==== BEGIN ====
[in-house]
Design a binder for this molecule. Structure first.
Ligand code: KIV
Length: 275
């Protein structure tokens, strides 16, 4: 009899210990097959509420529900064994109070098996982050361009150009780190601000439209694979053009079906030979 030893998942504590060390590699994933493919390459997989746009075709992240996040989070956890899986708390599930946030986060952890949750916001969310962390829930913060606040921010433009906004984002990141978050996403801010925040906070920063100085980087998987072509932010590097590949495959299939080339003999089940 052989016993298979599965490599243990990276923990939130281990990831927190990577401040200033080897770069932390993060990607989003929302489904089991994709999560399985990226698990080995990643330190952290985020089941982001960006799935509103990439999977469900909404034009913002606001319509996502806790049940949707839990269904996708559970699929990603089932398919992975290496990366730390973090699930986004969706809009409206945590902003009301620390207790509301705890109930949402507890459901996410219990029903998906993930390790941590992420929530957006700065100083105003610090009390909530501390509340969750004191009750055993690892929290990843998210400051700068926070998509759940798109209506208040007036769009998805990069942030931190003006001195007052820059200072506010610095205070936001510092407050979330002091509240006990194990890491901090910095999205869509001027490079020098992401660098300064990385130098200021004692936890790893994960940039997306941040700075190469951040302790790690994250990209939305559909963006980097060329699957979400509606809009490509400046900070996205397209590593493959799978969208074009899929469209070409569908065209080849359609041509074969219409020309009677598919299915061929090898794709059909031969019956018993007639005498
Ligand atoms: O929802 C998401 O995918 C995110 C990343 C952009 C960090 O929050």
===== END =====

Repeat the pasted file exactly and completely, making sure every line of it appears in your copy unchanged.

[in-house]
Design a binder for this molecule. Structure first.
Ligand code: KIV
Length: 275
């Protein structure tokens, strides 16, 4: 009899210990097959509420529900064994109070098996982050361009150009780190601000439209694979053009079906030979 030893998942504590060390590699994933493919390459997989746009075709992240996040989070956890899986708390599930946030986060952890949750916001969310962390829930913060606040921010433009906004984002990141978050996403801010925040906070920063100085980087998987072509932010590097590949495959299939080339003999089940 052989016993298979599965490599243990990276923990939130281990990831927190990577401040200033080897770069932390993060990607989003929302489904089991994709999560399985990226698990080995990643330190952290985020089941982001960006799935509103990439999977469900909404034009913002606001319509996502806790049940949707839990269904996708559970699929990603089932398919992975290496990366730390973090699930986004969706809009409206945590902003009301620390207790509301705890109930949402507890459901996410219990029903998906993930390790941590992420929530957006700065100083105003610090009390909530501390509340969750004191009750055993690892929290990843998210400051700068926070998509759940798109209506208040007036769009998805990069942030931190003006001195007052820059200072506010610095205070936001510092407050979330002091509240006990194990890491901090910095999205869509001027490079020098992401660098300064990385130098200021004692936890790893994960940039997306941040700075190469951040302790790690994250990209939305559909963006980097060329699957979400509606809009490509400046900070996205397209590593493959799978969208074009899929469209070409569908065209080849359609041509074969219409020309009677598919299915061929090898794709059909031969019956018993007639005498
Ligand atoms: O929802 C998401 O995918 C995110 C990343 C952009 C960090 O929050």